Americans have proven remarkably sympathetic to Egypt’s protests, which are now entering their third week. But in trying to make sense of a complex situation, most commentators have glossed over the varying demands of the opposition’s different elements.
Egypt’s reform factions share a belief in an orderly transition to representative government but reflect wildly divergent political ideologies. At the head of the movement stands Mohamed El Baradei, the former director general of the International Atomic Energy Agency, and his National Association for Change. The NAC is not a legal political party but rather an umbrella group organized around El Baradei’s demands for an end to Egypt’s decades-long state of emergency and for the introduction of democratic and constitutional reforms. Although it is relatively small and not well organized it has recently gained popularity among Egyptians everywhere.
Groups that have rallied around the NAC include the April 6 Movement and Kefaya (Enough). For the last two years the April 6 Movement has organized demonstrations in support of workers’ rights and is now calling for increasing Egypt’s minimum wage. In 2008, it supported Egypt’s first major labor strikes in decades, in the industrial town of Mahalla, on the Nile Delta.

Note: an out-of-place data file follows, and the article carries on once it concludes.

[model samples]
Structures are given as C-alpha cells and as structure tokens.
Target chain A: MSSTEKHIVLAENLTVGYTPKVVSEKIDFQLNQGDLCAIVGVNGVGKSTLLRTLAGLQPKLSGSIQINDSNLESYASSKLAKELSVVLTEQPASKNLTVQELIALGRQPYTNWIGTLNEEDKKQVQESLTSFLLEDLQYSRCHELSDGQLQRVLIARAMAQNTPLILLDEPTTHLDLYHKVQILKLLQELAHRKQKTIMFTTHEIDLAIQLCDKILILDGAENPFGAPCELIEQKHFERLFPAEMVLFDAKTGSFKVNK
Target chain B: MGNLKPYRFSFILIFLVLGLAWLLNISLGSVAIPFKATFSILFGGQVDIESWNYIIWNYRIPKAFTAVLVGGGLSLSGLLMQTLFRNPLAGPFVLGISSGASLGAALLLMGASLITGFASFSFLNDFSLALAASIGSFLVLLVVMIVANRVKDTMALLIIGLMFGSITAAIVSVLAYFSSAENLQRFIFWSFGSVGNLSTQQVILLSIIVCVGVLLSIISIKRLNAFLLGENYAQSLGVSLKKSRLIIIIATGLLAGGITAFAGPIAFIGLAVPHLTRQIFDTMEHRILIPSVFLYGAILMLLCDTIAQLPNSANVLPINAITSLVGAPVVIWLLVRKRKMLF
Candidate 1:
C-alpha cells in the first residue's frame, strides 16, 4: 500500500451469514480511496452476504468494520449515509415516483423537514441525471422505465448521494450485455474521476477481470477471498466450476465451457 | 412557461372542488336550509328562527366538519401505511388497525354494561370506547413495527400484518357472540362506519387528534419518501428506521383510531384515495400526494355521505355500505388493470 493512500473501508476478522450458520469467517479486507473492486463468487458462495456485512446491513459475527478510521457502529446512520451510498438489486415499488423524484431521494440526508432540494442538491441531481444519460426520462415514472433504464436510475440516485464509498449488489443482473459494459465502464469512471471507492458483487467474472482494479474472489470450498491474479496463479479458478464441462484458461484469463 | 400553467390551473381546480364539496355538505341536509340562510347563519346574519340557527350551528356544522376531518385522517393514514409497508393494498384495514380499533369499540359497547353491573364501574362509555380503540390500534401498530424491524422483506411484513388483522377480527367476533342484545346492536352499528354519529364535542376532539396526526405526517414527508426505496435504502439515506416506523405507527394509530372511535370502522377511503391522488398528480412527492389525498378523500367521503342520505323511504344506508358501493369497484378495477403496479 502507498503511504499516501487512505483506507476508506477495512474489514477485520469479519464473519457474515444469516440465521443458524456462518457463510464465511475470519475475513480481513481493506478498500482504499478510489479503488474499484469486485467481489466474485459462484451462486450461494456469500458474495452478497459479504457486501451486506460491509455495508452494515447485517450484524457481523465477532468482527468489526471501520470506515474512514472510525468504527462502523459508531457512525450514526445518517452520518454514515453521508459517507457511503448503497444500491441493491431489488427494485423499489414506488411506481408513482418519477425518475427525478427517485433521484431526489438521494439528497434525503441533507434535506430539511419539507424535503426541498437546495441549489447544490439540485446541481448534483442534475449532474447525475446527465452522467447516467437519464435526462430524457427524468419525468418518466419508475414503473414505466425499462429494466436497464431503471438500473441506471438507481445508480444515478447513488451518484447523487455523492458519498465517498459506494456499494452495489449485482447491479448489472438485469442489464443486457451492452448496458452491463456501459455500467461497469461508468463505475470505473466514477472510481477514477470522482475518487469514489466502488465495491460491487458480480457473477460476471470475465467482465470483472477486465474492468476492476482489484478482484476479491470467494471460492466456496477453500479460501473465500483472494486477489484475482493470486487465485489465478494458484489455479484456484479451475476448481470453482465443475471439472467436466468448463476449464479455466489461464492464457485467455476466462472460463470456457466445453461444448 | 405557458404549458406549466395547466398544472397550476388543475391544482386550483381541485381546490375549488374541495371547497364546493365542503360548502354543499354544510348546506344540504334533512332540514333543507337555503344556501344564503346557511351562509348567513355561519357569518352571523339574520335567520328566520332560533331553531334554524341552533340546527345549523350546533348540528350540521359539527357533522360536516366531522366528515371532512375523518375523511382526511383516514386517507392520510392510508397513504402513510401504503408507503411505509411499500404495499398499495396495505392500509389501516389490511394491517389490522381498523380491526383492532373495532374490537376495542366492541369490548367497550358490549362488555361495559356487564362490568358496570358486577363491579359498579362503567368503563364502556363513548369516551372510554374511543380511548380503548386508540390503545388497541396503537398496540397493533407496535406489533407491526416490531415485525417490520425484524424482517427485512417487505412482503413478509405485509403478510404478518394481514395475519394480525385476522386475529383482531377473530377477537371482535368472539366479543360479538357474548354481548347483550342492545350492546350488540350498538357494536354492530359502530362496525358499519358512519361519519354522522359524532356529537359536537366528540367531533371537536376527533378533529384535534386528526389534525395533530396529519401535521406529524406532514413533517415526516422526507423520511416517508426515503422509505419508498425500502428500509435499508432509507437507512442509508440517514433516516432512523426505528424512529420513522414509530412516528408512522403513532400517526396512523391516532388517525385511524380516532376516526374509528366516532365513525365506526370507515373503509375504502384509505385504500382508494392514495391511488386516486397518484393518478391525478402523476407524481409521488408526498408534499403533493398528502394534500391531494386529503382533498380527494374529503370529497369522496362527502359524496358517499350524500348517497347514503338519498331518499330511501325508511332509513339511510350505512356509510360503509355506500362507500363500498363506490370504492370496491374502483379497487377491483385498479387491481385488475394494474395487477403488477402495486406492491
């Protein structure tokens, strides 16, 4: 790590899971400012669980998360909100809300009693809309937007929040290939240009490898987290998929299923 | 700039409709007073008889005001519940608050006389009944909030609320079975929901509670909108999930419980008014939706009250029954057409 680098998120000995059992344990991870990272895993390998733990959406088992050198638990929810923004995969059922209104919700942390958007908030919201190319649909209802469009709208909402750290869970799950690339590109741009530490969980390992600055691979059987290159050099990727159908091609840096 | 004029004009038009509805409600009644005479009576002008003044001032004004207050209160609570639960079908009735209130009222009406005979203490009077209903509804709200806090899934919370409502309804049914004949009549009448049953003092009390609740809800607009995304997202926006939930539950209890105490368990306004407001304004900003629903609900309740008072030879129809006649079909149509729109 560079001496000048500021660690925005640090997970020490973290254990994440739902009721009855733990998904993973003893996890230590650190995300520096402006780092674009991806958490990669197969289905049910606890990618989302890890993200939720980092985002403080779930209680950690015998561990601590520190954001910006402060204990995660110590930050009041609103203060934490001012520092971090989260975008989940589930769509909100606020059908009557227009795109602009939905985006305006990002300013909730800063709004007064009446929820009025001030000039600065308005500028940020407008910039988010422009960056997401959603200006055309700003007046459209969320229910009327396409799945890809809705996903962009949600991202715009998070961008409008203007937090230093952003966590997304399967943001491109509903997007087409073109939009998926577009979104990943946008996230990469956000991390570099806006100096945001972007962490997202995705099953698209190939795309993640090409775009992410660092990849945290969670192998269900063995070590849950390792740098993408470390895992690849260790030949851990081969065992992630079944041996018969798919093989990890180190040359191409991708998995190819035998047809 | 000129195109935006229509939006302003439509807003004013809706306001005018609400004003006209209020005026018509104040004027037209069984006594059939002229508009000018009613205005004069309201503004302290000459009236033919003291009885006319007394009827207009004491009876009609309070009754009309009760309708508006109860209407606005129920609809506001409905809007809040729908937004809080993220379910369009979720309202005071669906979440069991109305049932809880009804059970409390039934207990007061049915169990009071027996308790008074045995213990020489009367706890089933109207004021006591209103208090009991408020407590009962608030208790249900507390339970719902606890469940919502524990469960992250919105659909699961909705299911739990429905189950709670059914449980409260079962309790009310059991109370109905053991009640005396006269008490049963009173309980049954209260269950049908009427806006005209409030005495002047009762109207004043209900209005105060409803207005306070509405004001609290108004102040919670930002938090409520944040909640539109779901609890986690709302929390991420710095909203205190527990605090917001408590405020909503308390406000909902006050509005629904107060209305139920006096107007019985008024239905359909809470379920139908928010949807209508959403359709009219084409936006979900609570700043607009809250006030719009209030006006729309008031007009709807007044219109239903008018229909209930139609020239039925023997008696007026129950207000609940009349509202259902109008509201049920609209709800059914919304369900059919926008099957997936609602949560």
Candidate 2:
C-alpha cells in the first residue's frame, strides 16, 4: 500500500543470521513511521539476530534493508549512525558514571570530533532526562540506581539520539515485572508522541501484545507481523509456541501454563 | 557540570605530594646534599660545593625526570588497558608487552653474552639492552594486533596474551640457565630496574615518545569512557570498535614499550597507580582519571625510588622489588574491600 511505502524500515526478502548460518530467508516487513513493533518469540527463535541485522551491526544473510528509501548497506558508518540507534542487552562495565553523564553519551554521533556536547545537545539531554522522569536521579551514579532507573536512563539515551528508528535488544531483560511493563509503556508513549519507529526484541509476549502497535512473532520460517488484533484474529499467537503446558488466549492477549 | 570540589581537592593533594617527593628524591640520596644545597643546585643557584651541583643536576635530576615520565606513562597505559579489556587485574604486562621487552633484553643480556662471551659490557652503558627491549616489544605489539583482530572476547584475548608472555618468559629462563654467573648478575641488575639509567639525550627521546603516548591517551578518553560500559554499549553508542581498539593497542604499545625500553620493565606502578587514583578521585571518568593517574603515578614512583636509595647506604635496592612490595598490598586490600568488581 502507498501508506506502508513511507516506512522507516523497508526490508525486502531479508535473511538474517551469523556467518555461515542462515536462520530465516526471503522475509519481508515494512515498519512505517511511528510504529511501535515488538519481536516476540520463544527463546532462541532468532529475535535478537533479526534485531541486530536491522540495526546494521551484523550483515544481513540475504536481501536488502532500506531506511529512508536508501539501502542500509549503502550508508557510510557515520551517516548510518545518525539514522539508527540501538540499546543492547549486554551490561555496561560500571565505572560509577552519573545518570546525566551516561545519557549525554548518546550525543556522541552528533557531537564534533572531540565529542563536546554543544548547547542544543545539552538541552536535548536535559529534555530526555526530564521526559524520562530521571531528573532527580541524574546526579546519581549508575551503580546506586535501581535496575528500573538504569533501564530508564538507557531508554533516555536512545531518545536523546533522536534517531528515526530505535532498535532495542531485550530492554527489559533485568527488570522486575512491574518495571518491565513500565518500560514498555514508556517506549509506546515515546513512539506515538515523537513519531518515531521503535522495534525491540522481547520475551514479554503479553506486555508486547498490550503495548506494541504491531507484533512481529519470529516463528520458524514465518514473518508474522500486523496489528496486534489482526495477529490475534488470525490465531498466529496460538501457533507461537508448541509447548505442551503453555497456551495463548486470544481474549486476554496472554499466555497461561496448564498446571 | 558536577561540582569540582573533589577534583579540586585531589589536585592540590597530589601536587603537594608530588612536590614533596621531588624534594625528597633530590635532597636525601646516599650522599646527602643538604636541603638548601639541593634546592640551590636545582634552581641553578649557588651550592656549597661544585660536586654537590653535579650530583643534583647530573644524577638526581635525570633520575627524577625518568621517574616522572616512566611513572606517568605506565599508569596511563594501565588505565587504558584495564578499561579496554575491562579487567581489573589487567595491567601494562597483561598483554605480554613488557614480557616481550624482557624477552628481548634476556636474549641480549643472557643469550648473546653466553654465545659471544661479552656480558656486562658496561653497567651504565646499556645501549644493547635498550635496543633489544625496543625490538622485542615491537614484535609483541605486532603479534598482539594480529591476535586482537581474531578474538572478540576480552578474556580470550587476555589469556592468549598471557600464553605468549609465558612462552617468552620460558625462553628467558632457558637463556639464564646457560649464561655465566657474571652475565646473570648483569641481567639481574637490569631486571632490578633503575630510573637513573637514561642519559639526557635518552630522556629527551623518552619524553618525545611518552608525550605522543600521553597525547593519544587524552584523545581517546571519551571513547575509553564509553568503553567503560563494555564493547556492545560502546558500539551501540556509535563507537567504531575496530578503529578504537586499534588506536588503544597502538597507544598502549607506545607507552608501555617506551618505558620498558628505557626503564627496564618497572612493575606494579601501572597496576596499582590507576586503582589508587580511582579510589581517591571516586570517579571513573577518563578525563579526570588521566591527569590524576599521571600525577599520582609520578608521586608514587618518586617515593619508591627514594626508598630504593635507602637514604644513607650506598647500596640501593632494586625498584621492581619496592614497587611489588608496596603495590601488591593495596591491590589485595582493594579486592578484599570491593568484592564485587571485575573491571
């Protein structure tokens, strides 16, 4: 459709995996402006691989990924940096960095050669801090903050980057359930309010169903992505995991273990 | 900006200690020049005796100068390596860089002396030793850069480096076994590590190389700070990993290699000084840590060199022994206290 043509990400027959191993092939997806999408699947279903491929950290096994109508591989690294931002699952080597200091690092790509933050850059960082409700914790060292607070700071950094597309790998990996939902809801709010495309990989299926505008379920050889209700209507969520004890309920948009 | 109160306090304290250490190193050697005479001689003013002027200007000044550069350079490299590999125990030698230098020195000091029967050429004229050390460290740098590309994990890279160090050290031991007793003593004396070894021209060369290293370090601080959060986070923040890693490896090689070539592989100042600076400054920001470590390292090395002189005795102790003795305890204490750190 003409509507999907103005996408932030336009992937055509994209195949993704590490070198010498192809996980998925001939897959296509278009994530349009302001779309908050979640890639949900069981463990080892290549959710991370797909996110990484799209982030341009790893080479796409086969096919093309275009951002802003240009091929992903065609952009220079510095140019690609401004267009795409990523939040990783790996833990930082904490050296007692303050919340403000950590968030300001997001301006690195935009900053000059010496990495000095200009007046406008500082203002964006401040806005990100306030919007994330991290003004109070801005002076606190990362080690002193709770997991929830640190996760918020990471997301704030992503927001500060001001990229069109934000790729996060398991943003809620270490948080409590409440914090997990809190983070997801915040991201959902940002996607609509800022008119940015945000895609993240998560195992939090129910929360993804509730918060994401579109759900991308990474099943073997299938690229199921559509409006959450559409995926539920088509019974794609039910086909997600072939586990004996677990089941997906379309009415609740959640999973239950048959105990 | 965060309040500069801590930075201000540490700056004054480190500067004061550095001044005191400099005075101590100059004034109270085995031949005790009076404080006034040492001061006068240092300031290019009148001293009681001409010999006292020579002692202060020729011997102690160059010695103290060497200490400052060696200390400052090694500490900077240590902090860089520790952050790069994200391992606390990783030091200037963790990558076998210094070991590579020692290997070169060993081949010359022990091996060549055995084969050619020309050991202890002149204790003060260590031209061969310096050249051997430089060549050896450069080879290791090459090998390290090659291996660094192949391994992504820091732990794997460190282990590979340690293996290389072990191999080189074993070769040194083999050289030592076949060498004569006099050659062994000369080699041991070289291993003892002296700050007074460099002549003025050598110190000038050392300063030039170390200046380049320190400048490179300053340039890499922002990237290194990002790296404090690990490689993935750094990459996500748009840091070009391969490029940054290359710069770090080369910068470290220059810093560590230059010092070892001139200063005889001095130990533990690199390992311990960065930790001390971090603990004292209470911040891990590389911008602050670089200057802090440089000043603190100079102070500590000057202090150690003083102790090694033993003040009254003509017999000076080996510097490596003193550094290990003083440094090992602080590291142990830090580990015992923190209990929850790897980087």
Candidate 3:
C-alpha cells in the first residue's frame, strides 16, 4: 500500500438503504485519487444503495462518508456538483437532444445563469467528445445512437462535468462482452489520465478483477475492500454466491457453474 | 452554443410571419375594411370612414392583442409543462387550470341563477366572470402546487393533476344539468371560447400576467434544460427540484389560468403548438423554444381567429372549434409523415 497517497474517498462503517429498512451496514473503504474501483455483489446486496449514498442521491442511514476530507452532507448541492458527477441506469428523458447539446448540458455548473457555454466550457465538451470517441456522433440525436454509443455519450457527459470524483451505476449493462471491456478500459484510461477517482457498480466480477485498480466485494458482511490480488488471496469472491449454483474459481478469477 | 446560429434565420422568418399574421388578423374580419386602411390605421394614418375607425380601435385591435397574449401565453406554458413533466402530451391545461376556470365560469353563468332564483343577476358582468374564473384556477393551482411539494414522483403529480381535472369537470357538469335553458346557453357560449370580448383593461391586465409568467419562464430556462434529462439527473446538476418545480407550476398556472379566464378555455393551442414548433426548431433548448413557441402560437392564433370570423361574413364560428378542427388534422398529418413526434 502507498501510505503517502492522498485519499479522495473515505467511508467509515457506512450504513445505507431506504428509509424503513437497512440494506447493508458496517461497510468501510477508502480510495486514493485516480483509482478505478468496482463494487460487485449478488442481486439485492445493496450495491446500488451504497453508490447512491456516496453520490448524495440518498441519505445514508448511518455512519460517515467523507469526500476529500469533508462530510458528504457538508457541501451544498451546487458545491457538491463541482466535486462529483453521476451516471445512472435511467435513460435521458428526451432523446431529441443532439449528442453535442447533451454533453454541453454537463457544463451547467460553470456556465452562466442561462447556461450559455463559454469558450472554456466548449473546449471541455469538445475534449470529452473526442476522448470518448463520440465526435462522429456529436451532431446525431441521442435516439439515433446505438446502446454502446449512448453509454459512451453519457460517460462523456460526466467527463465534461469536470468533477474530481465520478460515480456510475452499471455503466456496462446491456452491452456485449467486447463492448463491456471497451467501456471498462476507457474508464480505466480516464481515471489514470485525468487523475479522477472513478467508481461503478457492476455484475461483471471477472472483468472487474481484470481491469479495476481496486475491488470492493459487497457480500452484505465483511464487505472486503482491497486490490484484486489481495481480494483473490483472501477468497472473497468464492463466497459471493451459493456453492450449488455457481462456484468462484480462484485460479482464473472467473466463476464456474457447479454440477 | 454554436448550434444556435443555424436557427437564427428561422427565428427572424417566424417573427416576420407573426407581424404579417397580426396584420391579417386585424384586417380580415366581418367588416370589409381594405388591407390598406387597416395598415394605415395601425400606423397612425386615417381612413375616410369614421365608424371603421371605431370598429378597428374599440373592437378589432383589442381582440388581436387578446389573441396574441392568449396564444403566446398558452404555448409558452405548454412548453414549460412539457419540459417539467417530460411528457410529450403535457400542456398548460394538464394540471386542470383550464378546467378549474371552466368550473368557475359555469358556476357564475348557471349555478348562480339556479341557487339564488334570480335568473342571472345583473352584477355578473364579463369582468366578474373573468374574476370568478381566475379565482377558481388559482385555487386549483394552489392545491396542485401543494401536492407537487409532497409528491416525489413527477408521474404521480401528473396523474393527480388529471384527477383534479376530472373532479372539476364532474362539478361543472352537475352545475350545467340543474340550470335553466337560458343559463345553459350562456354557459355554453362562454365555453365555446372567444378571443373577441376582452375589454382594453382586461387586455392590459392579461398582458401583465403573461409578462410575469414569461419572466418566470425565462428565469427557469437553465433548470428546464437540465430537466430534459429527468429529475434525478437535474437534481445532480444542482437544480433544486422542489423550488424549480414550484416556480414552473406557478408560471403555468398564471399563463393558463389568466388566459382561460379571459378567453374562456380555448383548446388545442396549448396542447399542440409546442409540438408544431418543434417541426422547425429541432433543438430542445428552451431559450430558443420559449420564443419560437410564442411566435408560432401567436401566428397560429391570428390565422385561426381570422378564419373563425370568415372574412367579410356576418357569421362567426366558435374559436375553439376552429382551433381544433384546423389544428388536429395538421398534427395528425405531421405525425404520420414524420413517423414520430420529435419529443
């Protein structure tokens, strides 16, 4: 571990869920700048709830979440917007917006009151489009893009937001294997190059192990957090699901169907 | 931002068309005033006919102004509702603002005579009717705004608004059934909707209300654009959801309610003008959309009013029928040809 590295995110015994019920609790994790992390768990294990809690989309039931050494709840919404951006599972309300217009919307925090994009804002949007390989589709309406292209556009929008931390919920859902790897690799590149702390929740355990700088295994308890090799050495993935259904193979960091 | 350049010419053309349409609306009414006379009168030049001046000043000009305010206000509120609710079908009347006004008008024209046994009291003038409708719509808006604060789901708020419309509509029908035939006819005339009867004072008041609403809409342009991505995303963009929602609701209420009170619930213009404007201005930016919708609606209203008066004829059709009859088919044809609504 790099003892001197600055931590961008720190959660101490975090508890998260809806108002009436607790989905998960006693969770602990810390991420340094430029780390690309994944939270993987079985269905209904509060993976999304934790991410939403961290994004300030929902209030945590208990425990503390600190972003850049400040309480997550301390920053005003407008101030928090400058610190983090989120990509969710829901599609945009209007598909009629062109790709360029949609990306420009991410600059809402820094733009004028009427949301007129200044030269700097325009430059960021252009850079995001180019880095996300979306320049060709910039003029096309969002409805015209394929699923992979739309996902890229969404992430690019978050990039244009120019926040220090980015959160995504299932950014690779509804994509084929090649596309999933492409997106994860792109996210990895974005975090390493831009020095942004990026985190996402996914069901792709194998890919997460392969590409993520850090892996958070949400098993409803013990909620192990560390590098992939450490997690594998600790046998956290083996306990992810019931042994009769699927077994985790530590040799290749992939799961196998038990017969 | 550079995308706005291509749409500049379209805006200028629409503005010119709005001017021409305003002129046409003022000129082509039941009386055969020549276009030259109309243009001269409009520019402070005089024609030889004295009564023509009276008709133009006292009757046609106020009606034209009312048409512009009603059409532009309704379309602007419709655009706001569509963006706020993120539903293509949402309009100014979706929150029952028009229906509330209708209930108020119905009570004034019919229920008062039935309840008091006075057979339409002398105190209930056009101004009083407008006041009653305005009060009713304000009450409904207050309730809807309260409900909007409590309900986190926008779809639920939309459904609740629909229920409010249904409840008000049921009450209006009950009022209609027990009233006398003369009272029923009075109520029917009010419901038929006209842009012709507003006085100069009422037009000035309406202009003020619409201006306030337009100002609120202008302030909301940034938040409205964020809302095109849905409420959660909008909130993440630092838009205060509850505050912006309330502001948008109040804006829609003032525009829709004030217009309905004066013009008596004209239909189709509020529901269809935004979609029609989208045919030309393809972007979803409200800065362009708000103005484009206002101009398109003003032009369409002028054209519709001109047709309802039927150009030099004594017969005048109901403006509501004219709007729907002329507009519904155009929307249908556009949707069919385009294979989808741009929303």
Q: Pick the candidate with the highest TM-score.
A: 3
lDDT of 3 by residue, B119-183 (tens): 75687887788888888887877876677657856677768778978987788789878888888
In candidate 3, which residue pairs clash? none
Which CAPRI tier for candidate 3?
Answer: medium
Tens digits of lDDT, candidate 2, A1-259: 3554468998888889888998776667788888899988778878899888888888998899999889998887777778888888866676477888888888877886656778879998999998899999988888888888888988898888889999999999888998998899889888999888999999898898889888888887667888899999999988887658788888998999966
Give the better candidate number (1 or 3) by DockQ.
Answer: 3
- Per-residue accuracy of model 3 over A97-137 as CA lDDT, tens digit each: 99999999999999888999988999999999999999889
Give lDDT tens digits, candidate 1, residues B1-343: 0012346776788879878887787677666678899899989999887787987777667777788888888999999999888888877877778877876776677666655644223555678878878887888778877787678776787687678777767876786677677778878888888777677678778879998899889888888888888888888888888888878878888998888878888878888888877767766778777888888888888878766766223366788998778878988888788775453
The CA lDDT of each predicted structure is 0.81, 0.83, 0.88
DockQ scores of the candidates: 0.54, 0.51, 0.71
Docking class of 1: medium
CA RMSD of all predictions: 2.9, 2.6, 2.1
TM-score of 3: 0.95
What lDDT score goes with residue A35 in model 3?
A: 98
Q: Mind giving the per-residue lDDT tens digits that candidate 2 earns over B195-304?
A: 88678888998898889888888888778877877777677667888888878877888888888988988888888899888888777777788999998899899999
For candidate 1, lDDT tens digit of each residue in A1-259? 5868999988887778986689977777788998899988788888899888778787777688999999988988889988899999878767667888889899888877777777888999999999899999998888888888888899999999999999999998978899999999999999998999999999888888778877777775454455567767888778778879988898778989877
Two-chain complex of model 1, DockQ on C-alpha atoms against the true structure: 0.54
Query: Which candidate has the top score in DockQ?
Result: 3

Kefaya -- founded in 2004 to protest Egyptian President Hosni Mubarak’s candidacy for yet another term -- wants the government to amend the constitution to liberalize the political system. Led by the leftist activist George Ishak, the former head of the country’s union of Catholic schools, it has blossomed into a coalition that includes leftists, liberals, and Islamists. It serves as an umbrella movement for protests against Mubarak’s continued rule and in favor of an independent judiciary.
These have been joined by the Khaled Said Group (named for a young blogger beaten to death by the Egyptian
- Full website and iPad access
- Magazine issues
- New! Books from the Foreign Affairs Anthology Series